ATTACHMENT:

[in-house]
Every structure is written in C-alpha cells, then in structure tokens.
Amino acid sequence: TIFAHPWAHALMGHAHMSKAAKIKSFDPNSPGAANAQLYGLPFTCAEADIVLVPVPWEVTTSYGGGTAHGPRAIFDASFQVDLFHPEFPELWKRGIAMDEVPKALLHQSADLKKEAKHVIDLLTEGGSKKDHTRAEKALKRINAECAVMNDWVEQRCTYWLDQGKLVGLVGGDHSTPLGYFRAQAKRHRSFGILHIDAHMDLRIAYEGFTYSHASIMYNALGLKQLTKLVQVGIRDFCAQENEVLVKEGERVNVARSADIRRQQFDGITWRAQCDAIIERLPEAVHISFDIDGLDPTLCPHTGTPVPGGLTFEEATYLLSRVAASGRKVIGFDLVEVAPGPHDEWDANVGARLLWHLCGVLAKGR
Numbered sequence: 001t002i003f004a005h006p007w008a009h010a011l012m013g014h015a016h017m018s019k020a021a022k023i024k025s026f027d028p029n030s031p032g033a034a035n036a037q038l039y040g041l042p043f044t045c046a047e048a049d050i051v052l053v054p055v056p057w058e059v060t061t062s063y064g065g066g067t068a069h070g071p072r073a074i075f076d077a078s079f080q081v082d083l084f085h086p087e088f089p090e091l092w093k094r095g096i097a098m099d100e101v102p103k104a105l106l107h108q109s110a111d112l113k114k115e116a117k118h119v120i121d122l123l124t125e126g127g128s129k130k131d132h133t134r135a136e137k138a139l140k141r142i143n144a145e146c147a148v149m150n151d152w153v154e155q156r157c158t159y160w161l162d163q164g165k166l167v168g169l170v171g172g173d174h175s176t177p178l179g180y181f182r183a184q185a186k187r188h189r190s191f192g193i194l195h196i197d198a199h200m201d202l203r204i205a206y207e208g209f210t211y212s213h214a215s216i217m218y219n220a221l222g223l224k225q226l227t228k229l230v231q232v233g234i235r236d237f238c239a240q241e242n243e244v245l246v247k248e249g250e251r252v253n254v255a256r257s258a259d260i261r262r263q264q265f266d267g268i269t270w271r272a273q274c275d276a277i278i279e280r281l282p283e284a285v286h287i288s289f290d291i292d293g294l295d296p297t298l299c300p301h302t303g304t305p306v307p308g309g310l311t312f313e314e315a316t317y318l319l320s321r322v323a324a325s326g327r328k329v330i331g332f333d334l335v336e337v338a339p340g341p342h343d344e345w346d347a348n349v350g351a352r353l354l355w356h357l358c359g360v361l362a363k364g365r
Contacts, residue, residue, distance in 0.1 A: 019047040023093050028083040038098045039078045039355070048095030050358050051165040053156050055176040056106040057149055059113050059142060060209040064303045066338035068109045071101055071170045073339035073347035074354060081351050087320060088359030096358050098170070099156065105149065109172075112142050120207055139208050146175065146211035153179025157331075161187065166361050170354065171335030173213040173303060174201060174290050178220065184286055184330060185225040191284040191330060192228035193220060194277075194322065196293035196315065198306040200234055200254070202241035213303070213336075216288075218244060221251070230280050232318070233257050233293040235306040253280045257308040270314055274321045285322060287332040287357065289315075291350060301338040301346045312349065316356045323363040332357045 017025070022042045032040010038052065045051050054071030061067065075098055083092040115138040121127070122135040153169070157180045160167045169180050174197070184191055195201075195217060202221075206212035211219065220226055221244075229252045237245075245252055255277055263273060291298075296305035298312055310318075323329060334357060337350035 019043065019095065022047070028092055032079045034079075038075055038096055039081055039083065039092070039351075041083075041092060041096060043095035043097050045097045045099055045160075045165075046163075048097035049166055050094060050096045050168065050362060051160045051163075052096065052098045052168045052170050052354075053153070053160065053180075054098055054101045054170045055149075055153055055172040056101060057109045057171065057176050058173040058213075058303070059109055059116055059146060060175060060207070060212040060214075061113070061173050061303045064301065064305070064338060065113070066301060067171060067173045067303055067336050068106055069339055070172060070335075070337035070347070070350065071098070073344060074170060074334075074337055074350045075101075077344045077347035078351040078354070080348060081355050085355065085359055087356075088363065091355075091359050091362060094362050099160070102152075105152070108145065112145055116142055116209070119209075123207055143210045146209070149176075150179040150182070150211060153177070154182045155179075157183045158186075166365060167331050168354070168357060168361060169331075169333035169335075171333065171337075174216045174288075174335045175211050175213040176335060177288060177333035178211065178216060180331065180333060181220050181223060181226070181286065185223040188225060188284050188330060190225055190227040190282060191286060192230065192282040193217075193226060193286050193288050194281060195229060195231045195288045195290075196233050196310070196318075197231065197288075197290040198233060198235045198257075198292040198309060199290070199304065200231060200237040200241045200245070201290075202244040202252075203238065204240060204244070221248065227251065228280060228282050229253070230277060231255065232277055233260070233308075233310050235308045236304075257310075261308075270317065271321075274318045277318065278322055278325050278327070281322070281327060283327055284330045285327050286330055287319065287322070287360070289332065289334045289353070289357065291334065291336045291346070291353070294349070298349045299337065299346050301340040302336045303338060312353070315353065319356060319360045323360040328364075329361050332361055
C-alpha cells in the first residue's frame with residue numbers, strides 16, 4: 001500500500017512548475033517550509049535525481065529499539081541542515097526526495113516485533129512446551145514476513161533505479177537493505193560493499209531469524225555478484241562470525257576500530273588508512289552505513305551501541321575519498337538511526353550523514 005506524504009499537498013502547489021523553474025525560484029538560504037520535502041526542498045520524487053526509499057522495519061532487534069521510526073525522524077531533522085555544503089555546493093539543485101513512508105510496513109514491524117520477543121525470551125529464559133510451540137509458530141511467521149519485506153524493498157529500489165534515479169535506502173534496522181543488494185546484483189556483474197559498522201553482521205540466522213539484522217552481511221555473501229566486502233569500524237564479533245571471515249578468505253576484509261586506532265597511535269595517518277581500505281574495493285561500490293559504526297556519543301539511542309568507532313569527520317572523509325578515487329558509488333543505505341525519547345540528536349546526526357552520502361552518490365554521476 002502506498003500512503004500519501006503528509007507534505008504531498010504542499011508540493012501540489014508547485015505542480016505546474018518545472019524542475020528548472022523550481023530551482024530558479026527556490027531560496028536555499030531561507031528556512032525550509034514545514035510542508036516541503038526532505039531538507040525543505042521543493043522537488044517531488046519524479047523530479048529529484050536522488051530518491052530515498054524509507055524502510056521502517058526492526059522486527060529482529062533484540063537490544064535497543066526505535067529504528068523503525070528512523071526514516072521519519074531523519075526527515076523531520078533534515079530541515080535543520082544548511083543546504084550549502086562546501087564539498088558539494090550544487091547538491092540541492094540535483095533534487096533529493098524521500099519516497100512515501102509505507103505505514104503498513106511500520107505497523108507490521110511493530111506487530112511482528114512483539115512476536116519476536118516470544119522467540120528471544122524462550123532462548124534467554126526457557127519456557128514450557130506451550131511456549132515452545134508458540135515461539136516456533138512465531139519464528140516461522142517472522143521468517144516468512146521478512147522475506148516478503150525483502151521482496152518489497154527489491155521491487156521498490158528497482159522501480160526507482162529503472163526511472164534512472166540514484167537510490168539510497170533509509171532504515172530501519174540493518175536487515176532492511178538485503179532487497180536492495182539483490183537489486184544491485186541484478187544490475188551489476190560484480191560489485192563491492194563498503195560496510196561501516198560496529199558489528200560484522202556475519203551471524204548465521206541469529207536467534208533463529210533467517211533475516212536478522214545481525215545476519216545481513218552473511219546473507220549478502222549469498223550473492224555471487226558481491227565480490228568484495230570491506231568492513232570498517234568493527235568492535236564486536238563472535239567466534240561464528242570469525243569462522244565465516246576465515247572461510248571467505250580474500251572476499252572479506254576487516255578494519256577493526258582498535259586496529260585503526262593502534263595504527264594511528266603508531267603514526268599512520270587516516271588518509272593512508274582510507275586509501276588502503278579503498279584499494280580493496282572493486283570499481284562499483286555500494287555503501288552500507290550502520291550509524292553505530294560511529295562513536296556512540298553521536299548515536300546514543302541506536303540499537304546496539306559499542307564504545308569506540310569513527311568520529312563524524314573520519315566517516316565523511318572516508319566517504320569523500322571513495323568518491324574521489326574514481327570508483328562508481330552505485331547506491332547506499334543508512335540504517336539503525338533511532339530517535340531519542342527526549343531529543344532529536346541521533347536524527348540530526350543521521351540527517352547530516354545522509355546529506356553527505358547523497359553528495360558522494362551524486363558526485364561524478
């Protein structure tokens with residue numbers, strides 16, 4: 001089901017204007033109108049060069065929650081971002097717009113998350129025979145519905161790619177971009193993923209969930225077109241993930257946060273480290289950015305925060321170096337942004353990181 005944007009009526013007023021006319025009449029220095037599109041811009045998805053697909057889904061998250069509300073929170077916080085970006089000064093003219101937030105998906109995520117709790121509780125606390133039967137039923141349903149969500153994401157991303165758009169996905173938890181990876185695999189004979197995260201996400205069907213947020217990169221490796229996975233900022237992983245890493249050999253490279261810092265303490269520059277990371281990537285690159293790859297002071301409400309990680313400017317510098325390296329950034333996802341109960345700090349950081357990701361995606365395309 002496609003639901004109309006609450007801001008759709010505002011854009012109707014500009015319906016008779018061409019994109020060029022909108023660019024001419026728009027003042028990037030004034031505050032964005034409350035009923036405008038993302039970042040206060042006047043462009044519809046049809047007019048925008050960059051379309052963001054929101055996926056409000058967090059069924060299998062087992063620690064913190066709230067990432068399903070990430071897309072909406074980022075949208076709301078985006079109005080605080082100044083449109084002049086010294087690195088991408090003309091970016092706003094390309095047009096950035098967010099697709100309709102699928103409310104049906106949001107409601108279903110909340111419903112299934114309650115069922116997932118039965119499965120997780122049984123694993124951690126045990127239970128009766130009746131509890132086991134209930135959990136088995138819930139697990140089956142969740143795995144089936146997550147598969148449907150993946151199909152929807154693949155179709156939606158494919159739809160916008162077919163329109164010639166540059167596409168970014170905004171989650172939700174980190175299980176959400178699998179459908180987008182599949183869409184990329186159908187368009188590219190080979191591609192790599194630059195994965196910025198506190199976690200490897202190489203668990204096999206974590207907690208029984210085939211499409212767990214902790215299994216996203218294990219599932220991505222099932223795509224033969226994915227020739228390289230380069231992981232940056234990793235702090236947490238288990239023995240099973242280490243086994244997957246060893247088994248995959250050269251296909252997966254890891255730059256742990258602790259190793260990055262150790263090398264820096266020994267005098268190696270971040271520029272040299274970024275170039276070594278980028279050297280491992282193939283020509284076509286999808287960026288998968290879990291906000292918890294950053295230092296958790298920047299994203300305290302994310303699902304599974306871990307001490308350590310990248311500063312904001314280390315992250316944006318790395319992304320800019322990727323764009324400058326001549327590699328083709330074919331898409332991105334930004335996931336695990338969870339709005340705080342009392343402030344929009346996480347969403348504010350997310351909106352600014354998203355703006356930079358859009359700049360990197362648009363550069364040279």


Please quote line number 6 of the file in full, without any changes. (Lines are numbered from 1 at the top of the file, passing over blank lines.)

C-alpha cells in the first residue's frame with residue numbers, strides 16, 4: 001500500500017512548475033517550509049535525481065529499539081541542515097526526495113516485533129512446551145514476513161533505479177537493505193560493499209531469524225555478484241562470525257576500530273588508512289552505513305551501541321575519498337538511526353550523514 005506524504009499537498013502547489021523553474025525560484029538560504037520535502041526542498045520524487053526509499057522495519061532487534069521510526073525522524077531533522085555544503089555546493093539543485101513512508105510496513109514491524117520477543121525470551125529464559133510451540137509458530141511467521149519485506153524493498157529500489165534515479169535506502173534496522181543488494185546484483189556483474197559498522201553482521205540466522213539484522217552481511221555473501229566486502233569500524237564479533245571471515249578468505253576484509261586506532265597511535269595517518277581500505281574495493285561500490293559504526297556519543301539511542309568507532313569527520317572523509325578515487329558509488333543505505341525519547345540528536349546526526357552520502361552518490365554521476 002502506498003500512503004500519501006503528509007507534505008504531498010504542499011508540493012501540489014508547485015505542480016505546474018518545472019524542475020528548472022523550481023530551482024530558479026527556490027531560496028536555499030531561507031528556512032525550509034514545514035510542508036516541503038526532505039531538507040525543505042521543493043522537488044517531488046519524479047523530479048529529484050536522488051530518491052530515498054524509507055524502510056521502517058526492526059522486527060529482529062533484540063537490544064535497543066526505535067529504528068523503525070528512523071526514516072521519519074531523519075526527515076523531520078533534515079530541515080535543520082544548511083543546504084550549502086562546501087564539498088558539494090550544487091547538491092540541492094540535483095533534487096533529493098524521500099519516497100512515501102509505507103505505514104503498513106511500520107505497523108507490521110511493530111506487530112511482528114512483539115512476536116519476536118516470544119522467540120528471544122524462550123532462548124534467554126526457557127519456557128514450557130506451550131511456549132515452545134508458540135515461539136516456533138512465531139519464528140516461522142517472522143521468517144516468512146521478512147522475506148516478503150525483502151521482496152518489497154527489491155521491487156521498490158528497482159522501480160526507482162529503472163526511472164534512472166540514484167537510490168539510497170533509509171532504515172530501519174540493518175536487515176532492511178538485503179532487497180536492495182539483490183537489486184544491485186541484478187544490475188551489476190560484480191560489485192563491492194563498503195560496510196561501516198560496529199558489528200560484522202556475519203551471524204548465521206541469529207536467534208533463529210533467517211533475516212536478522214545481525215545476519216545481513218552473511219546473507220549478502222549469498223550473492224555471487226558481491227565480490228568484495230570491506231568492513232570498517234568493527235568492535236564486536238563472535239567466534240561464528242570469525243569462522244565465516246576465515247572461510248571467505250580474500251572476499252572479506254576487516255578494519256577493526258582498535259586496529260585503526262593502534263595504527264594511528266603508531267603514526268599512520270587516516271588518509272593512508274582510507275586509501276588502503278579503498279584499494280580493496282572493486283570499481284562499483286555500494287555503501288552500507290550502520291550509524292553505530294560511529295562513536296556512540298553521536299548515536300546514543302541506536303540499537304546496539306559499542307564504545308569506540310569513527311568520529312563524524314573520519315566517516316565523511318572516508319566517504320569523500322571513495323568518491324574521489326574514481327570508483328562508481330552505485331547506491332547506499334543508512335540504517336539503525338533511532339530517535340531519542342527526549343531529543344532529536346541521533347536524527348540530526350543521521351540527517352547530516354545522509355546529506356553527505358547523497359553528495360558522494362551524486363558526485364561524478